POLITICS

House Sets Timeline To Help Puerto Rico Handle Fiscal Crisis

As Puerto Rico "unfolds into chaos," lawmakers are taking their time to help the island, which over 3.5 million Americans call home.
House Speaker Paul Ryan (R-Wis.) promised on Friday to "take action on restructuring legislation by March 31" to allevia
House Speaker Paul Ryan (R-Wis.) promised on Friday to "take action on restructuring legislation by March 31" to alleviate Puerto Rico's debt crisis, said House Minority Leader Nancy Pelosi (D-Calif.)

WASHINGTON -- Democrats' efforts to include debt restructuring powers for Puerto Rico in the House's massive omnibus spending bill on Friday fell short, yielding only a commitment from Republican leadership to work on legislation that would help the ailing island by next spring.

Puerto Rico faces a staggering $72 billion debt, $900 million of which it must pay to bondholders on Jan. 1. The commonwealth will default on its debt in January or May, said Puerto Rican Gov. Alejandro Garcia Padilla on Wednesday.

Attempting to address the crisis before the new year, House Minority Leader Nancy Pelosi (D-Calif.) tried to secure unanimous consent for a vote on legislation that would have temporarily protected Puerto Rico from being sued by creditors until Congress acts. 

“The Puerto Rico Emergency Financial Stability Act would protect the 3.5 million Americans who call Puerto Rico home from economic catastrophe while Congress advances a more comprehensive solution to the Commonwealth’s financial emergency," Pelosi said. "The bill would give Puerto Rico temporary but essential breathing room from creditor lawsuits until Congress can act."

As expected, Pelosi's symbolic tactic failed, and consent was not granted for a vote. Minutes later, the House voted on final passage of the omnibus bill, which passed with the help of 166 Democrats. 

In a small meeting with reporters ahead of the omnibus vote, Pelosi said Democrats made one more "last-ditch effort" to include something in the bill that would address the debt crisis in Puerto Rico.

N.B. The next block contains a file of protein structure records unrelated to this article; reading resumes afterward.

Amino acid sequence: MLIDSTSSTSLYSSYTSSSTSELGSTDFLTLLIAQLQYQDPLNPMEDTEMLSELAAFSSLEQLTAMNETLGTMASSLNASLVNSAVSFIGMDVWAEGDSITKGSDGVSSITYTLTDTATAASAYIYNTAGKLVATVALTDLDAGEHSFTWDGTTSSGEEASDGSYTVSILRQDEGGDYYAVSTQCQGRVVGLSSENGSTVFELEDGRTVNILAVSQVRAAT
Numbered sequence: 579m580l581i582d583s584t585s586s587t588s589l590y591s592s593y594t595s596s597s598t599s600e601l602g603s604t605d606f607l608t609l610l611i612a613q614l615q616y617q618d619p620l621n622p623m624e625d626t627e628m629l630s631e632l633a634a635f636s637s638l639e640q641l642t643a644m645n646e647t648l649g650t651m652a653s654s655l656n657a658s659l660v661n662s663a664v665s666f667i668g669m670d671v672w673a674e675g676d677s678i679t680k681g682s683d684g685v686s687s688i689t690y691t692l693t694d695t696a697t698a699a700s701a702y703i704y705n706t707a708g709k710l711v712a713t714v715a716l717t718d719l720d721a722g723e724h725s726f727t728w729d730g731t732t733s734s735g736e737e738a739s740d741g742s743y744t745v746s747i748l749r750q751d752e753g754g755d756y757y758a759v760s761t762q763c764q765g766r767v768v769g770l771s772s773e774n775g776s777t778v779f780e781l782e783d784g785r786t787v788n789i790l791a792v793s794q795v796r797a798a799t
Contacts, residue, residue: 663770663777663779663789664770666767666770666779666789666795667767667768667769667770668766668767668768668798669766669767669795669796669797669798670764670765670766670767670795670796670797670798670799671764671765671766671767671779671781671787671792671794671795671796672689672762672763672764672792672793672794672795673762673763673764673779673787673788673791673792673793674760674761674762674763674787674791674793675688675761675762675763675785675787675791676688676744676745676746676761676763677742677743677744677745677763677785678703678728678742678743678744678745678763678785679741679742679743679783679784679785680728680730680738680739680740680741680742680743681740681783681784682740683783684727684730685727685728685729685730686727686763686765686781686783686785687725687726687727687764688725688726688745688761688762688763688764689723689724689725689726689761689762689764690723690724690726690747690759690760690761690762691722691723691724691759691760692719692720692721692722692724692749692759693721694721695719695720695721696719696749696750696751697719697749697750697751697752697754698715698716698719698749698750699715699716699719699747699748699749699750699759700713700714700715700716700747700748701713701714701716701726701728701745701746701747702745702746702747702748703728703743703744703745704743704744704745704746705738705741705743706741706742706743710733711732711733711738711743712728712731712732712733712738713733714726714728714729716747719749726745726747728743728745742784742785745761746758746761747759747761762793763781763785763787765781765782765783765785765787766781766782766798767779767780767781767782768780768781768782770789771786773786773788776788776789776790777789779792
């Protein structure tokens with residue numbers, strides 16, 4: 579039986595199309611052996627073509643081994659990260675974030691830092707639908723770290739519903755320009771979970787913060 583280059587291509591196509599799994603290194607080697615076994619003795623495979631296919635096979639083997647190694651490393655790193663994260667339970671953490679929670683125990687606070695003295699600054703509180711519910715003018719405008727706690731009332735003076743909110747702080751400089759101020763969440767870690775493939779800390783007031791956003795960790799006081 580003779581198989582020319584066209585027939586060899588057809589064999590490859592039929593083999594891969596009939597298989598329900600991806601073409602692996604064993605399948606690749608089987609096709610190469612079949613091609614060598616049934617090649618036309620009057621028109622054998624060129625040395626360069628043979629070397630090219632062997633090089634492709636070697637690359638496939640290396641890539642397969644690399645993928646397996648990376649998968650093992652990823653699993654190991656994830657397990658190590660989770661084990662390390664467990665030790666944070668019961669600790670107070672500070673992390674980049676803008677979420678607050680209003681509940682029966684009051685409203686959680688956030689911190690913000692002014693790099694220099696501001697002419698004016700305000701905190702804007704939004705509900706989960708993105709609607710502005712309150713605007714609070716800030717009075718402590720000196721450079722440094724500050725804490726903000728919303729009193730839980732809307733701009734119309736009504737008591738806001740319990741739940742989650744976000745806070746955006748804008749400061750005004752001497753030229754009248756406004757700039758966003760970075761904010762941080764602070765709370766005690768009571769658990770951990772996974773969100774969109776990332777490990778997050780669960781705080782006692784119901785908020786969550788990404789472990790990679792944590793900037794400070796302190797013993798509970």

But Republican leaders weren't having any of it. Instead, to woo more House Democrats to vote for the omnibus, House Speaker Paul Ryan (R-Wis.) instructed relevant committees to work with the Puerto Rican government to find a solution. 

"While we could not agree to including precedent-setting changes to bankruptcy law in this omnibus spending bill, I understand that many members on both sides of the aisle remain committed to addressing the challenges facing the territory," Ryan said in a statement earlier this week.

Pelosi said the first hearing will be held the day Congress returns in January. Ryan also promised to "take action on restructuring legislation by March 31," she said. 

"I feel confident that he will follow up on it," Pelosi added.

But after the House passed the omnibus bill with no aid for Puerto Rico attached, reality sunk in. Garcia Padilla blamed Congress for allowing the situation on the island to "unfold into chaos." 

"After weeks of crippling lobbying by Wall Street, Congress denied fairness and due process -- which costs nothing to the U.S. taxpayers," Padilla said on Friday.

"I will hold Speaker Ryan to his public declaration that Congress will reach a solution by the end of March, which must include broad, comprehensive restructuring authority and an economic growth plan," he added.

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